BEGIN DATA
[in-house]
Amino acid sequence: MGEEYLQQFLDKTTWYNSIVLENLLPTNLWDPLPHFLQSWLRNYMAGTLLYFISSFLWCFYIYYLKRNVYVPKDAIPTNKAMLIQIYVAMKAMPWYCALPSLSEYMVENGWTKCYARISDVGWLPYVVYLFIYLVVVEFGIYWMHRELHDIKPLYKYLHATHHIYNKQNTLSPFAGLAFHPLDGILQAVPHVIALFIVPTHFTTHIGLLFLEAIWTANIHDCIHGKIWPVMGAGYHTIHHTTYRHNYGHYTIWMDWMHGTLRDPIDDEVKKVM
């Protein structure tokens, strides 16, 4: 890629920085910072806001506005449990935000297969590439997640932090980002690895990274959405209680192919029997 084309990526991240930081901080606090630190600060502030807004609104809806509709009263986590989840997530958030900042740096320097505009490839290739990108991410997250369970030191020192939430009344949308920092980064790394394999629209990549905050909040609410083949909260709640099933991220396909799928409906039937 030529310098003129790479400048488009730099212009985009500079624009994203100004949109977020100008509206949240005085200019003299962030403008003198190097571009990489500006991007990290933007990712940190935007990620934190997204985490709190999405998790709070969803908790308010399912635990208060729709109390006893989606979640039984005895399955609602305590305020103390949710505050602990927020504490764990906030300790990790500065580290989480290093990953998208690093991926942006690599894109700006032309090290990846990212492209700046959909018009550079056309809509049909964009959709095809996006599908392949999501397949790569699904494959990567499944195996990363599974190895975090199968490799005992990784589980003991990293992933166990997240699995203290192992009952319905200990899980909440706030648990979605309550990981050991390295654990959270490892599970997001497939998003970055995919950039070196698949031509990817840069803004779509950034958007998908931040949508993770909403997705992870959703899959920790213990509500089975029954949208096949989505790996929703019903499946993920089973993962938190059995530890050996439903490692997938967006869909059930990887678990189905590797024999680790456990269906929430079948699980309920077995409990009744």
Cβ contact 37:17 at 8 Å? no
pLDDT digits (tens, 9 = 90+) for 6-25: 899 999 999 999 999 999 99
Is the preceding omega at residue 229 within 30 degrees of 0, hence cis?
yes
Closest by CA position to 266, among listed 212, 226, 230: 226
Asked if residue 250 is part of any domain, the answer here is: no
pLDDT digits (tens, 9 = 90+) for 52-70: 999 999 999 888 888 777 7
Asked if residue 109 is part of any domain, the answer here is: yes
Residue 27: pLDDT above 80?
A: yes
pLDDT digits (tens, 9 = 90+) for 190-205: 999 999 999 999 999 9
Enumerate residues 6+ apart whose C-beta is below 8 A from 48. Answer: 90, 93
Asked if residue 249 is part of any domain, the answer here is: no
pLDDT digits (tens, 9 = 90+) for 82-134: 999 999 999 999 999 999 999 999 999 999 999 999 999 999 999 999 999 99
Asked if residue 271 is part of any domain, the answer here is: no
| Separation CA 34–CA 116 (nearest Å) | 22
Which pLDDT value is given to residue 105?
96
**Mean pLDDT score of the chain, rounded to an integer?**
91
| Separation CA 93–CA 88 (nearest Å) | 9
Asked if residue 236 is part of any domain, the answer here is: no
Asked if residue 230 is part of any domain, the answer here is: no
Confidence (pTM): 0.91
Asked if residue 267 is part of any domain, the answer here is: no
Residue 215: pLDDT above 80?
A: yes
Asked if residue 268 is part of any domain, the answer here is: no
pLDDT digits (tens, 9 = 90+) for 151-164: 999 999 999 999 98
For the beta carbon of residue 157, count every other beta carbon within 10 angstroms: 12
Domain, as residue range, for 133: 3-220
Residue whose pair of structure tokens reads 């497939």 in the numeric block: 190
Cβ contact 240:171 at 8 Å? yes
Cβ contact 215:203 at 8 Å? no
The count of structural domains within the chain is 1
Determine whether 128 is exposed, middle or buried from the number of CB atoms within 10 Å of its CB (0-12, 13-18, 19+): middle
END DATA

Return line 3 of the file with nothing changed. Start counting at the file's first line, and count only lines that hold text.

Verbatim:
């Protein structure tokens, strides 16, 4: 890629920085910072806001506005449990935000297969590439997640932090980002690895990274959405209680192919029997 084309990526991240930081901080606090630190600060502030807004609104809806509709009263986590989840997530958030900042740096320097505009490839290739990108991410997250369970030191020192939430009344949308920092980064790394394999629209990549905050909040609410083949909260709640099933991220396909799928409906039937 030529310098003129790479400048488009730099212009985009500079624009994203100004949109977020100008509206949240005085200019003299962030403008003198190097571009990489500006991007990290933007990712940190935007990620934190997204985490709190999405998790709070969803908790308010399912635990208060729709109390006893989606979640039984005895399955609602305590305020103390949710505050602990927020504490764990906030300790990790500065580290989480290093990953998208690093991926942006690599894109700006032309090290990846990212492209700046959909018009550079056309809509049909964009959709095809996006599908392949999501397949790569699904494959990567499944195996990363599974190895975090199968490799005992990784589980003991990293992933166990997240699995203290192992009952319905200990899980909440706030648990979605309550990981050991390295654990959270490892599970997001497939998003970055995919950039070196698949031509990817840069803004779509950034958007998908931040949508993770909403997705992870959703899959920790213990509500089975029954949208096949989505790996929703019903499946993920089973993962938190059995530890050996439903490692997938967006869909059930990887678990189905590797024999680790456990269906929430079948699980309920077995409990009744």